I’m sorry for this nothing-for-nothing review of Sebadoh’s The Freed Weed. My consensus: I do enjoy it. It’s pretty consistently melancholy, and not every song is gonna stick in your head, but the ones that do are real winners. The guy was a talented songwriter! This is not the first Sebadoh album I have heard – that would be III, which I heard about a year ago and generally enjoyed. But man, that one sounds polished compared to these songs. “The Freed Pig”, have you heard that song? Compared to these songs that is a bonafide pop-rock song! Also a GREAT GREAT song that is great.

Lou Barlow also wrote my favorite song on Dinosaur Jr.’s Beyond, “Back To Your Heart”. I’m an idiot and I haven’t listened through Farm yet so I don’t know what songs he did on that. But I’m sure they’re memorable! Lou Barlow, talented man. Indie-rock-nerdy guy with a lot of heart. I’m repeating myself.

By the way, I was wondering if anybody noticed (or cared), but I am never writing about video games in this blog again. Ever. Maybe a passing reference, but nothing else. Gaming culture is just – I can’t contribute to it. I have nothing to say. I’m afraid! I put up a positive review of Final Fantasy IV DS about a year ago and it made my good friend Ben Vigeant very upset with me. Legitimately upset. I just have nothing new or interesting to say.

What I realize is this – I love video games so much. I mean, to death. How can I not? The first music I ever loved was video game music. It was there before I even started listening to the Beatles, for god’s sake. But it’s because of this – this instinctive love of certain genres of games from my youngest years – that I have no confidence in my own tastes in games. My only current-gen console as of this writing is a Wii, and I have four games for it – all first-party Nintendo. Almost every game I have played through in the past year has been a Japanese RPG on the Super Nintendo that I have emulated on my computer. So who the shit would wanna listen to what I have to say about any game at all? Who cares? I don’t get angry at bad games the way I do about bad music. Some shitty Iron Man movie-based piece of crap isn’t going to get me riled up like the new Panic at the Disco album. When I write about music, I feel entirely confident. I never feel that way about video games.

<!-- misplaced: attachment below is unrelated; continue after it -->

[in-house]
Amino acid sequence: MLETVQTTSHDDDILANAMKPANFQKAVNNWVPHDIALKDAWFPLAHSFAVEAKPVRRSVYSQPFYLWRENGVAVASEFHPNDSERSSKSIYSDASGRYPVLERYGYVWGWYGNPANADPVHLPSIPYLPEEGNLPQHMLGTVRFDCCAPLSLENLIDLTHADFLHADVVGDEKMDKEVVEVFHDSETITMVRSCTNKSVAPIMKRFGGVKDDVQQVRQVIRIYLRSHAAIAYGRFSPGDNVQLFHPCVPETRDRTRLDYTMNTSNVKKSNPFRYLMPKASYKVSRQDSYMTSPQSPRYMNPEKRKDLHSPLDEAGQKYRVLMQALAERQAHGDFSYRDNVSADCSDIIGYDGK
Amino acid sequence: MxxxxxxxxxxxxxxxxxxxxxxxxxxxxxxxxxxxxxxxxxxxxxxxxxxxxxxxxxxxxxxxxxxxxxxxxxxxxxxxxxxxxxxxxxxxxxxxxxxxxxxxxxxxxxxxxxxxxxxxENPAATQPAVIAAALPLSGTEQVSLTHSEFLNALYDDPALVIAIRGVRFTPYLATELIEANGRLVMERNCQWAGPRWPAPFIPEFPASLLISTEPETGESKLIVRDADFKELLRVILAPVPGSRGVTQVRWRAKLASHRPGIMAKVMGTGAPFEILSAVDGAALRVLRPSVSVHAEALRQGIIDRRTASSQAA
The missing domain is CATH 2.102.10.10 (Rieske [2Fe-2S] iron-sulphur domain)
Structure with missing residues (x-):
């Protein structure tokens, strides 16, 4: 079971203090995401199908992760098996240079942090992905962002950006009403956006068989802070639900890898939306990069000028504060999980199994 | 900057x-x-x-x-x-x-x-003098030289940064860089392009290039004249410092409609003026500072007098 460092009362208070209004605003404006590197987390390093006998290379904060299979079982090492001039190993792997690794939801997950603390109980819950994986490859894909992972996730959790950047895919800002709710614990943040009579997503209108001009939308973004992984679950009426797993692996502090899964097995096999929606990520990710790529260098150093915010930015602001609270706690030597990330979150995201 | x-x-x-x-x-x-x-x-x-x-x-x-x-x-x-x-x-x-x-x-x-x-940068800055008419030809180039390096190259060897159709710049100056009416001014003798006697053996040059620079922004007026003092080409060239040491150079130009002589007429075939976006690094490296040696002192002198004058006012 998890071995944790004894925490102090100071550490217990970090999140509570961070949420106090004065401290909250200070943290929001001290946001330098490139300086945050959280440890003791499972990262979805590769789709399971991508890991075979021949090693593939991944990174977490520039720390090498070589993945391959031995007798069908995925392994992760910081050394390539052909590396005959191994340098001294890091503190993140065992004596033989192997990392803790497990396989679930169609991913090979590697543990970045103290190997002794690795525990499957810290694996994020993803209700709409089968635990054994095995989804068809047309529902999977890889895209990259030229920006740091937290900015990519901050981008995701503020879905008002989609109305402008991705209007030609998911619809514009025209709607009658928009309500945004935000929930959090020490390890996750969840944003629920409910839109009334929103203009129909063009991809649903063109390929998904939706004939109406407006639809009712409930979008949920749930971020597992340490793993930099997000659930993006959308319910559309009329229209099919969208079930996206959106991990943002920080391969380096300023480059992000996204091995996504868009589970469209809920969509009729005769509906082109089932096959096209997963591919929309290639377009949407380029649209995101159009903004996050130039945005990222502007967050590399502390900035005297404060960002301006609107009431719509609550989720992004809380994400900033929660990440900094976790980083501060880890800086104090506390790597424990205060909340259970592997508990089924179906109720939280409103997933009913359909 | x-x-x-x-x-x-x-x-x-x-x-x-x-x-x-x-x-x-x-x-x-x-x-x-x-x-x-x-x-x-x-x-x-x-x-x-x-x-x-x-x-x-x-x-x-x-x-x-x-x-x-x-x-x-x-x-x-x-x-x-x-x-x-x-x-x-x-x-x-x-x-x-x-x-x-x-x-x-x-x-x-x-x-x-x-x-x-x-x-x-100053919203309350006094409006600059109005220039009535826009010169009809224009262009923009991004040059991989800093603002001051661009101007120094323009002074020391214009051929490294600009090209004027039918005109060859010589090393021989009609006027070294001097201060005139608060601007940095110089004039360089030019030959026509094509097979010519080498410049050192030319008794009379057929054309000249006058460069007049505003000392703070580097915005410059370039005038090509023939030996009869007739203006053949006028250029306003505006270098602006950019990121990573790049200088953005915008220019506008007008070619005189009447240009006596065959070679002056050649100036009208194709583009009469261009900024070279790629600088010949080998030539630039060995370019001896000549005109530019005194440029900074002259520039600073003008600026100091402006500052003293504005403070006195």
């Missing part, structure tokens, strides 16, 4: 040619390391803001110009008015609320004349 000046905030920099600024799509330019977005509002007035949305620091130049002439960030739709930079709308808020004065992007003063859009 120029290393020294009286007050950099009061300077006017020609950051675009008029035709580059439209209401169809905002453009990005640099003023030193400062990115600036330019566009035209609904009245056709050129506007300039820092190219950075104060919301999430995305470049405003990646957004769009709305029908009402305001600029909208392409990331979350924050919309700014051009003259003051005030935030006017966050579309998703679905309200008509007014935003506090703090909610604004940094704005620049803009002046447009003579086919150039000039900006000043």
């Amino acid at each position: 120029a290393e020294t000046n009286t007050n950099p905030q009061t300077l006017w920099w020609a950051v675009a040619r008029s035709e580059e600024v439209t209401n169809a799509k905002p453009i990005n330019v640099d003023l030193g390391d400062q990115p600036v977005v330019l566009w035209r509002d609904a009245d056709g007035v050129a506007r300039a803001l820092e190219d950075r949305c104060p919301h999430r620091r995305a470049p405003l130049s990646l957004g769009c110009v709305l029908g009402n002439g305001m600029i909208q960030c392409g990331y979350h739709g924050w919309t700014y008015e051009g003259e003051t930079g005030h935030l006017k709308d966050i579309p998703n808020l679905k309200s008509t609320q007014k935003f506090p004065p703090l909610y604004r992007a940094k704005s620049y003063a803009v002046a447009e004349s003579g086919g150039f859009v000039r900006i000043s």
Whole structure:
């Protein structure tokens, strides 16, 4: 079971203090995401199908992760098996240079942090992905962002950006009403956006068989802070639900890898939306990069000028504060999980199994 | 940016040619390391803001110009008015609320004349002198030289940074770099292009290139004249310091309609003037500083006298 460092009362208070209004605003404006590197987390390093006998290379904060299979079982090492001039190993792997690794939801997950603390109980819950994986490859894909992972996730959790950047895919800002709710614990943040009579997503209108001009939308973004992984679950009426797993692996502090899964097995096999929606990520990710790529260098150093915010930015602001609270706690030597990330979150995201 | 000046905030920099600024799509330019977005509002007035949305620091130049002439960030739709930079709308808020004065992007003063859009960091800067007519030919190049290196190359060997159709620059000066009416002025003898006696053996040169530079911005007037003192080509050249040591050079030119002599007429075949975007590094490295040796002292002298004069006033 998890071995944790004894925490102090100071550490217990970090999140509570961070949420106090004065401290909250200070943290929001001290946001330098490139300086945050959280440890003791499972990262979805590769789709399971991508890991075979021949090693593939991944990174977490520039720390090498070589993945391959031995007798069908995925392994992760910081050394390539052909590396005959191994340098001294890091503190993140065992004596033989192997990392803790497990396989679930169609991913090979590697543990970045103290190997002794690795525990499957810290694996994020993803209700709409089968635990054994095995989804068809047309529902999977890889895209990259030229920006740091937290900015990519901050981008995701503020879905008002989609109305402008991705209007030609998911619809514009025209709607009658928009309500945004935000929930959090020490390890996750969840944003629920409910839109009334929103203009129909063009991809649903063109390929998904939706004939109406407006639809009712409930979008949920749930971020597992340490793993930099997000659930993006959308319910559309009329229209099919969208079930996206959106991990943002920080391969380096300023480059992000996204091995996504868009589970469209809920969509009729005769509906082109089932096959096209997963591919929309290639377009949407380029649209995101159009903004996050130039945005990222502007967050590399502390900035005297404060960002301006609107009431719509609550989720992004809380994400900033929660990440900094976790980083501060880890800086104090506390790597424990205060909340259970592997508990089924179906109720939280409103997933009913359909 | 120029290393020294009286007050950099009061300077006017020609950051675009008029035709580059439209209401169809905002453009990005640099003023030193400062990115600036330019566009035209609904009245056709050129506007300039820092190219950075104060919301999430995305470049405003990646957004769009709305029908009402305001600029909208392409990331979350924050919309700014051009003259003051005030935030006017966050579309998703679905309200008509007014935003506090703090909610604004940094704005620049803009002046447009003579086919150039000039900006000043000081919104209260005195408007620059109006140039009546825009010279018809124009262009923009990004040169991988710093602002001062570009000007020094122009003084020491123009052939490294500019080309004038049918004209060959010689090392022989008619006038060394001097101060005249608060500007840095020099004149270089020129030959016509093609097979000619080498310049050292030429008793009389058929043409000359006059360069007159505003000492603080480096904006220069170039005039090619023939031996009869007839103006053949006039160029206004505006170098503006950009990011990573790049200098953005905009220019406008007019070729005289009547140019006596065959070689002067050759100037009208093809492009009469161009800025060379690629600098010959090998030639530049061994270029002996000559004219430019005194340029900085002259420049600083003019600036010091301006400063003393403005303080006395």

It’s just different. Playing a video game is so totally different than listening to music. It’s – you’re putting yourself into something. It’s an experience. An even more personal experience than music, for me at least. And I have no idea how to talk about that, or how to be discerning about it. It gets to the point where I’ll listen to a Retronauts podcats from 1up.com, and actually get upset because they’ll get all cynical about old games I like! And I’ll be like, “What? What was so bad about the Gamecube?” and shut the thing off. I don’t get it. How could you get angry about something like Donkey Kong Country when Say Anything is still making money?? I can’t do it. Can’t.

But hey. Lou Barlow. Sebadoh. Better than any stinkin’ VIDIOT game!! That’s how my mom always referred to video games. Very clever of her.

Also, a bit of a P.S.: My buddy Emily Neumann has formed a band, apparently. They are called Terrella. I never thought of Ms. Emily as a musically-inclined human being (not meant as an insult) so I was kinda surprised when she told me about it, but pshh! Good for her! I haven’t gotten a chance to listen to them yet but they apparently need a rhythm guitarist. So join their band while you can! Before they hit it big and you’re sittin’ around with your rhyhtm guitar not knowing what to do like some kind of idiot.

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>Self-Requested Review: "Rough Mix" by Pete Townshend and Ronnie Lane

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two friendly dudes

Requested reviews are slow in the making! Oh no!!